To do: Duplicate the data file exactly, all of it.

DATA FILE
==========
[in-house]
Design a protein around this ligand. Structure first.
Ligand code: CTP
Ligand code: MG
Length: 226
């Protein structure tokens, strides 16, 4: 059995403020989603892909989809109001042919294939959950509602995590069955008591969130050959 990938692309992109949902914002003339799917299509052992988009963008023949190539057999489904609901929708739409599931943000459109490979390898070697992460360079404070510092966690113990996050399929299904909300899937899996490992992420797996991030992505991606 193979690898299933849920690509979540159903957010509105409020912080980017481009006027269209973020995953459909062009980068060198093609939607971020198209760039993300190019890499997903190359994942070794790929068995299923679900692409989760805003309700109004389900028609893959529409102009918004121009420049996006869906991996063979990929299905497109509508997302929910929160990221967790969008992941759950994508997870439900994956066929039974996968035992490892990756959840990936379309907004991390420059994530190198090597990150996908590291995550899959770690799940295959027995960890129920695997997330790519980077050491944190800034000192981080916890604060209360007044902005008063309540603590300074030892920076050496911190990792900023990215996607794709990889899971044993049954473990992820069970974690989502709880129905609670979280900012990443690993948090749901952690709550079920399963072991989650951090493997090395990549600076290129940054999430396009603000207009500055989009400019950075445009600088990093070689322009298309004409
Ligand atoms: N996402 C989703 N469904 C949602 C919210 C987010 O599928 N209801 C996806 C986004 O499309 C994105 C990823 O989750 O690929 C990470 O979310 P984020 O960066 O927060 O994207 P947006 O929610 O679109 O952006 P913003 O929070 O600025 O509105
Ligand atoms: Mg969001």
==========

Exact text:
[in-house]
Design a protein around this ligand. Structure first.
Ligand code: CTP
Ligand code: MG
Length: 226
């Protein structure tokens, strides 16, 4: 059995403020989603892909989809109001042919294939959950509602995590069955008591969130050959 990938692309992109949902914002003339799917299509052992988009963008023949190539057999489904609901929708739409599931943000459109490979390898070697992460360079404070510092966690113990996050399929299904909300899937899996490992992420797996991030992505991606 193979690898299933849920690509979540159903957010509105409020912080980017481009006027269209973020995953459909062009980068060198093609939607971020198209760039993300190019890499997903190359994942070794790929068995299923679900692409989760805003309700109004389900028609893959529409102009918004121009420049996006869906991996063979990929299905497109509508997302929910929160990221967790969008992941759950994508997870439900994956066929039974996968035992490892990756959840990936379309907004991390420059994530190198090597990150996908590291995550899959770690799940295959027995960890129920695997997330790519980077050491944190800034000192981080916890604060209360007044902005008063309540603590300074030892920076050496911190990792900023990215996607794709990889899971044993049954473990992820069970974690989502709880129905609670979280900012990443690993948090749901952690709550079920399963072991989650951090493997090395990549600076290129940054999430396009603000207009500055989009400019950075445009600088990093070689322009298309004409
Ligand atoms: N996402 C989703 N469904 C949602 C919210 C987010 O599928 N209801 C996806 C986004 O499309 C994105 C990823 O989750 O690929 C990470 O979310 P984020 O960066 O927060 O994207 P947006 O929610 O679109 O952006 P913003 O929070 O600025 O509105
Ligand atoms: Mg969001």